Finally, one of her Christmas presents is a holiday themed banner.  She thinks that Santa gets a bit too much attention at this time of year, so I tried to go a little more traditional with meaning with the last one.  For this one, I found an online tutorial.  I actually like the one in the tutorial much better ... but think my mom with like the one that I made better ... I know that will make sense to many of you ...


These aren't exactly my style ... but my mom is tickled pink and really enjoys telling her neighbors that her daughter made them one-of-a-kind for her and anxiously awaits the next one ... since the Christmas one definitely has a limited life ... I need to get to work on one for January quickly ...

We should all be as appreciative over the little things as mom is with these ... makes me smile.

All the best,

Lisa



Sunday, December 18, 2016

Quilt Machine Binding for New Quilters

I just finished 44 placemats and 12 potholders for Christmas presents ...


As I was in the midst of the binding ... I realized that I would NEVER have attempted this effort just a few short years ago ... these placemats and potholders require 3,512 lineal inches of binding, 224 corners and 56 mitered finishes in tight spaces.

As a self-taught quilter, I have learned a LOT from blogs and tutorials that people were kind enough to share ... including a number of different blog posts that taught me about binding.  So I decided to take some pictures as I went along with the intent of creating a tutorial that marries much of what I have learned together to help some of the other new quilters out there.  It's a chance to learn some tips and gain some confidence as they tackle binding ...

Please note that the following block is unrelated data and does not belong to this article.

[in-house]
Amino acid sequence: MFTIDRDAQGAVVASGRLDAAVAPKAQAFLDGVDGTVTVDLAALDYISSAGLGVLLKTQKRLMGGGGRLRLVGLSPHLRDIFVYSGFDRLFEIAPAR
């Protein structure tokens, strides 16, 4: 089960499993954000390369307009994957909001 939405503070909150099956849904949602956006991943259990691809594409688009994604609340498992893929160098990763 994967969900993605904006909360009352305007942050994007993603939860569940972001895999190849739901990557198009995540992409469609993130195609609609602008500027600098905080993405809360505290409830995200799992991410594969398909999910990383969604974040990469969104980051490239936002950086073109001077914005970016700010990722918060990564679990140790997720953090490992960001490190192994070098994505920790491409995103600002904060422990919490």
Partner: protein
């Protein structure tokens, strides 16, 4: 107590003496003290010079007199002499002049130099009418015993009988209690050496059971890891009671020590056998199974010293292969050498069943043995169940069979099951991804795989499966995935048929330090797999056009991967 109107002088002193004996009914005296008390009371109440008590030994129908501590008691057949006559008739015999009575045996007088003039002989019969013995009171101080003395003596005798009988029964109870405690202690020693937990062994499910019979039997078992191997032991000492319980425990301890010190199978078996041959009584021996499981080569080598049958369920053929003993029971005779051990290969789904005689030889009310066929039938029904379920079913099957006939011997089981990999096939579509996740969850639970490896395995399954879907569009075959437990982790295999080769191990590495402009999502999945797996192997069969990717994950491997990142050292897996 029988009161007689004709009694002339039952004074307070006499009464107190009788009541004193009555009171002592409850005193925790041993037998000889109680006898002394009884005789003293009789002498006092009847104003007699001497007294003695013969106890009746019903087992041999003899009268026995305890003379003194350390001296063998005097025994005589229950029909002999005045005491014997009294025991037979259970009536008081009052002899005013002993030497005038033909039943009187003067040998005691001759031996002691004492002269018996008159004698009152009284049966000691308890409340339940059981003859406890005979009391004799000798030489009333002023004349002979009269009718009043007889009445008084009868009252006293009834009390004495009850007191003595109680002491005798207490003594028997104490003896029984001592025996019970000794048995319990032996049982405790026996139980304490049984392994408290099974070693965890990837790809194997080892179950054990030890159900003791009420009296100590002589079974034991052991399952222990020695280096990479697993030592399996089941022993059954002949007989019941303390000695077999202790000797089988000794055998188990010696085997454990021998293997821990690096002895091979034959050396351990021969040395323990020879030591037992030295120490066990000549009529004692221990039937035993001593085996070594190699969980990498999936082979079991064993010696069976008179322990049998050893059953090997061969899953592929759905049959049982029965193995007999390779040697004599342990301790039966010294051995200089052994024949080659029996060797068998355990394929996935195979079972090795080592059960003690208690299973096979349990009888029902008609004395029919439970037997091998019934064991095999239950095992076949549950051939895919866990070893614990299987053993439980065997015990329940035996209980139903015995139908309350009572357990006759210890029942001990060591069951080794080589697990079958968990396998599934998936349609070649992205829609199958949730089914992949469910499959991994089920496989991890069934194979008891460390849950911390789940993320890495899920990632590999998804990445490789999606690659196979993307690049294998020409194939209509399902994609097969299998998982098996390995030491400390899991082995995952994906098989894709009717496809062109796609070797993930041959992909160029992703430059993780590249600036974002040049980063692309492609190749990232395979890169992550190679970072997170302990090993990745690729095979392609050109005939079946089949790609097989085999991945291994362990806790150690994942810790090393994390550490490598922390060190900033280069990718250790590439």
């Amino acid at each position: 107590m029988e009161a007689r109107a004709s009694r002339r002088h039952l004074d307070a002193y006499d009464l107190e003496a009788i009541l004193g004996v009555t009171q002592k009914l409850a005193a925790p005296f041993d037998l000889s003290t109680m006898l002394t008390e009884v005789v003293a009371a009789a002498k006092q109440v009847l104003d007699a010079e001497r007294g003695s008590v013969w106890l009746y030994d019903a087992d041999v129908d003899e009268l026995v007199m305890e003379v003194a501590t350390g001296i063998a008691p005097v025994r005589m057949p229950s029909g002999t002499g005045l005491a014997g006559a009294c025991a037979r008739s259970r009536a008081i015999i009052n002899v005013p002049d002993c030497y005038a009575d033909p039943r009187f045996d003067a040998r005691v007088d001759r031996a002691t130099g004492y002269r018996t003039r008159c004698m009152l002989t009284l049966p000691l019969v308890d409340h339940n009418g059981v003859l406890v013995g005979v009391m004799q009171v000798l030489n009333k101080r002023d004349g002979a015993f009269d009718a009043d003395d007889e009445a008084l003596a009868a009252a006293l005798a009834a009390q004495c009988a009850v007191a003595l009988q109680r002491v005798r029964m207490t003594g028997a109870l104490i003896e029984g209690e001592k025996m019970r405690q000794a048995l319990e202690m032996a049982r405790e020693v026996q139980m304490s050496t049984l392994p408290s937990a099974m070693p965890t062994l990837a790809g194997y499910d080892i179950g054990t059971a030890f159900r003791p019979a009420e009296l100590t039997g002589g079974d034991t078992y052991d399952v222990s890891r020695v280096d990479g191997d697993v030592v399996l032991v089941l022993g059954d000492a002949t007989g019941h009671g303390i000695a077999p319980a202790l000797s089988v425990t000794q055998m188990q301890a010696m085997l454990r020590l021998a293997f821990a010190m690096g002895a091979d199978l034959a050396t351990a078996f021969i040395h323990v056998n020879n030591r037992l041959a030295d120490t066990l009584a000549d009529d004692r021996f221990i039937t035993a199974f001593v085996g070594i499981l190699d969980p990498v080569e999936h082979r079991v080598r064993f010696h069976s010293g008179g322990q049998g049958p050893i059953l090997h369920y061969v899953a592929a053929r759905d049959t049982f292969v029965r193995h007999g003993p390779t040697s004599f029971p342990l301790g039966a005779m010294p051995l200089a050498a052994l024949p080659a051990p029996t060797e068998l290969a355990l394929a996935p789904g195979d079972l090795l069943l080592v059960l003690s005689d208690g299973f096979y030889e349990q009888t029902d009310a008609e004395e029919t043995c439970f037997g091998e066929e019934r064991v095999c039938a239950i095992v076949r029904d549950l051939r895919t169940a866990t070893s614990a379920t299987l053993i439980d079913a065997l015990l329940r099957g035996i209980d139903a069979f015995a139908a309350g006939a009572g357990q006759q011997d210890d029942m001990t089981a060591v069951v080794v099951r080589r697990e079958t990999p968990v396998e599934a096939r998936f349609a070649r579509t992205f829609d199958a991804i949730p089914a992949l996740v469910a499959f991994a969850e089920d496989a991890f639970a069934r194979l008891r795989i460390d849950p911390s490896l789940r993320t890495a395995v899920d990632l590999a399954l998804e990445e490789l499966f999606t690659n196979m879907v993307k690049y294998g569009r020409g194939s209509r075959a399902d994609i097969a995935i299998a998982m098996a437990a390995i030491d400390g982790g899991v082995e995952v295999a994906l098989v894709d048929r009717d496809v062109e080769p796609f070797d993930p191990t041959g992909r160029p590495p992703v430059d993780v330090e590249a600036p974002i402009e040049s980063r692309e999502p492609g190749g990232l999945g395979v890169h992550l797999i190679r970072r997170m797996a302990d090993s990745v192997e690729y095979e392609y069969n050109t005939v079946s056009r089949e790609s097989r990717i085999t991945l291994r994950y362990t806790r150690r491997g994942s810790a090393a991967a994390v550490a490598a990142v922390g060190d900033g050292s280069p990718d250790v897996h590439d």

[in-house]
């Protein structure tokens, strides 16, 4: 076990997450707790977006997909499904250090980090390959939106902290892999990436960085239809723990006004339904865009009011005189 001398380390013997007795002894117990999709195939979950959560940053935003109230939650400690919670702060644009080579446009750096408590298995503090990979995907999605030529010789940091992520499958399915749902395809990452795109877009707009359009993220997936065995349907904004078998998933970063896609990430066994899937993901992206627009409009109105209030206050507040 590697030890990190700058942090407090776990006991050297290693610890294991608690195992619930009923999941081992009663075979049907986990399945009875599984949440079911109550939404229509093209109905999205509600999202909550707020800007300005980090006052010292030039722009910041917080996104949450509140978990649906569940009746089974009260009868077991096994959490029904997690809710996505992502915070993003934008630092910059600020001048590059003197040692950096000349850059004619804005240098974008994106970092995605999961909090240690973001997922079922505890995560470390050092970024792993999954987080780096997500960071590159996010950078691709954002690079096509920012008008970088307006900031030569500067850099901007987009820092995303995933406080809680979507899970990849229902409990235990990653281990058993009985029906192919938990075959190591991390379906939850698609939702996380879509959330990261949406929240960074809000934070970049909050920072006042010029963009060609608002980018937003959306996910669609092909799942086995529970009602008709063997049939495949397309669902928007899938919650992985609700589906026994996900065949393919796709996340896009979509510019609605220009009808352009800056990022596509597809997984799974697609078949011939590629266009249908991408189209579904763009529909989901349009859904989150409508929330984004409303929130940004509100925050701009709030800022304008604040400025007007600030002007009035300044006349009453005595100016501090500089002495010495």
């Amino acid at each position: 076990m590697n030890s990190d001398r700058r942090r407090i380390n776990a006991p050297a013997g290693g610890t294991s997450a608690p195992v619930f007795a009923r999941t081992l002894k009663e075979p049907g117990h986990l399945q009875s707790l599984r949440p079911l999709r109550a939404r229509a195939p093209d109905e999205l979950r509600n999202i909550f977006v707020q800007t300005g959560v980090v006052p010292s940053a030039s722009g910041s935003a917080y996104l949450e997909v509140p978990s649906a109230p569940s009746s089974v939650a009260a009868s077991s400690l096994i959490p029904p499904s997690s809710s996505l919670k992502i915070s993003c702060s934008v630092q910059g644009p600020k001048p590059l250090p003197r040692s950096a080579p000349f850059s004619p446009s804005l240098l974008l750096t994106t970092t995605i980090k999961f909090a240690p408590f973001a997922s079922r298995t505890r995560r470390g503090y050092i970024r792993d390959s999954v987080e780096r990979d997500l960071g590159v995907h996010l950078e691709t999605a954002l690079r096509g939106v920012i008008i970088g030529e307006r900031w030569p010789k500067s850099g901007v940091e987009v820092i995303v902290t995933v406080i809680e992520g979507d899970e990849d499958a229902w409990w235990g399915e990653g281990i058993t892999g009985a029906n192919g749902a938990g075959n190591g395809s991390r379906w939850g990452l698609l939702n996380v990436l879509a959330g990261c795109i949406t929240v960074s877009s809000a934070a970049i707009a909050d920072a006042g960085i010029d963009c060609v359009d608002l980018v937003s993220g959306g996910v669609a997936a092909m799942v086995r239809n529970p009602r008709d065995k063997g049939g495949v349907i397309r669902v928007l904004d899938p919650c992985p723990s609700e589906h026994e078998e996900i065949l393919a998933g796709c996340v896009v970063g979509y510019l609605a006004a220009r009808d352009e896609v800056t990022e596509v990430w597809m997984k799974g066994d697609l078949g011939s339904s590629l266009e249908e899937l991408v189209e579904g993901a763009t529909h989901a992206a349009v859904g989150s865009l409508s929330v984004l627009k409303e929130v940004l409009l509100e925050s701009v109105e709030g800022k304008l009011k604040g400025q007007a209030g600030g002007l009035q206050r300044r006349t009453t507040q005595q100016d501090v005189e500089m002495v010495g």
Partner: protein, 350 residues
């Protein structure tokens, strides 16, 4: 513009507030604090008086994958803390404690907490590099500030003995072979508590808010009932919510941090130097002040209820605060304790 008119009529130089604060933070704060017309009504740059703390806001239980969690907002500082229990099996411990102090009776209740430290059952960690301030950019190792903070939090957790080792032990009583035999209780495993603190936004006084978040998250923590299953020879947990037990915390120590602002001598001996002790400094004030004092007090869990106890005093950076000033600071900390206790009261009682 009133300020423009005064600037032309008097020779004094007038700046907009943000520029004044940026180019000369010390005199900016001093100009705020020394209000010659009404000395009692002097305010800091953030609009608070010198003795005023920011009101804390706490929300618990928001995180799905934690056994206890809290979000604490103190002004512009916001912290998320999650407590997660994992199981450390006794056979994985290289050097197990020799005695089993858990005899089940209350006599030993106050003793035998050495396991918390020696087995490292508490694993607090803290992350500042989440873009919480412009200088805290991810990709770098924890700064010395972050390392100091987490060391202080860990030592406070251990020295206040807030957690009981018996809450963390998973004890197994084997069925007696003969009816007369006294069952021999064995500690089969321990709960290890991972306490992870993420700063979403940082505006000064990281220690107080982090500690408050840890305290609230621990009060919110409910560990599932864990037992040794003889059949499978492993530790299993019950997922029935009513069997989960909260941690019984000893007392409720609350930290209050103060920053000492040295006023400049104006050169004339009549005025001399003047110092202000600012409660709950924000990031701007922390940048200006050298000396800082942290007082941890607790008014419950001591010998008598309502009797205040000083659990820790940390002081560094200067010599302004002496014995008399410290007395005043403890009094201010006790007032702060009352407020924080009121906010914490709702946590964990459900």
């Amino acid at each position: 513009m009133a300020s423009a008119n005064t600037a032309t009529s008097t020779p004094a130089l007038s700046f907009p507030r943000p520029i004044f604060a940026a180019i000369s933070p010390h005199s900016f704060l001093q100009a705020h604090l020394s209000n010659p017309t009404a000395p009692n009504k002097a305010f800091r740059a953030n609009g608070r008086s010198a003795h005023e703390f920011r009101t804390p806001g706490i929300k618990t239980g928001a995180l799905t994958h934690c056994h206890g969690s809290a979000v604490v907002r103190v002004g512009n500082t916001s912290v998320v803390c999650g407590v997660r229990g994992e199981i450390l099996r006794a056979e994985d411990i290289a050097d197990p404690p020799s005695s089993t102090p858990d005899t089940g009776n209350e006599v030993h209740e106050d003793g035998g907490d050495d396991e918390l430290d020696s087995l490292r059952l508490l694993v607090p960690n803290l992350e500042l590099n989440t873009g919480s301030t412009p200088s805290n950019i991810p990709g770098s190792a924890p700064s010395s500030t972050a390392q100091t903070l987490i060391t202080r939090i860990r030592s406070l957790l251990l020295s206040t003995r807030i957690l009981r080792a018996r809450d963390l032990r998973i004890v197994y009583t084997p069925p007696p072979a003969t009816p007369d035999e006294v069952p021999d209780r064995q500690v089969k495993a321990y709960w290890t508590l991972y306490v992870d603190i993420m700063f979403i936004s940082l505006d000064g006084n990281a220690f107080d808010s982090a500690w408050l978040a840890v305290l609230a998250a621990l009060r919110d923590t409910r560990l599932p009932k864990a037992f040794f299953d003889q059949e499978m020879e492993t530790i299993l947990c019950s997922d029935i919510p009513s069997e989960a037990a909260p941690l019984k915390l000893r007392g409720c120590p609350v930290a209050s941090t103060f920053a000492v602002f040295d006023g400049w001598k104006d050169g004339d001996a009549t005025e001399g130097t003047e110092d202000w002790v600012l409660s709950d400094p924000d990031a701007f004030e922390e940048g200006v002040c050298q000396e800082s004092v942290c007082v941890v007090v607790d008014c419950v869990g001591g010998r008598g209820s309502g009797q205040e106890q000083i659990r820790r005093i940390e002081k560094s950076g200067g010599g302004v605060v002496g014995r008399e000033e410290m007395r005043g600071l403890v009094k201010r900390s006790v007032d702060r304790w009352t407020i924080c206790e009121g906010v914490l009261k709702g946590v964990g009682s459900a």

NOTE:  I am a machine binding person ... I have never learned how to bind by hand.  If you are new, know that you have both options and if you want to enter quilts for judging, you will need to learn the hand binding method.

Before I start, here are two of the tutorials that have been most impactful in getting me to how I bind quilts now.  I use a lot of their technique and have added a few tips in of my own.  You may find perusing them helpful as well as you seek to perfect your binding technique.

ZigZag Binding Tutorial - by Stitched in Color
Mitered & Flanged Binding Tutorial - by Karen's Quilts, Crows and Cardinals (note this one has additional information in it about how to build a flanged binding)

I will use the term "Placemat" though out this tutorial ... as that is what I am binding.  However, you can substitute the word "quilt" in anywhere for placemat as well.

THE TUTORIAL

Making the binding


I cut my binding at 2.375" (3/8).  I find that when using a 1/4" allowance when attaching the binding to the placemat, the 2.375" dimension creates a perfect fit.


Each placemat requires ~70" of binding, so I need to connect a few of the cut pieces together. Creating a mitered seam is easy.  Lay one piece right-side up and then lay the next piece perpendicular on top, with right sides together.  As you can see, you don't even need to trim the selvages when doing it this way.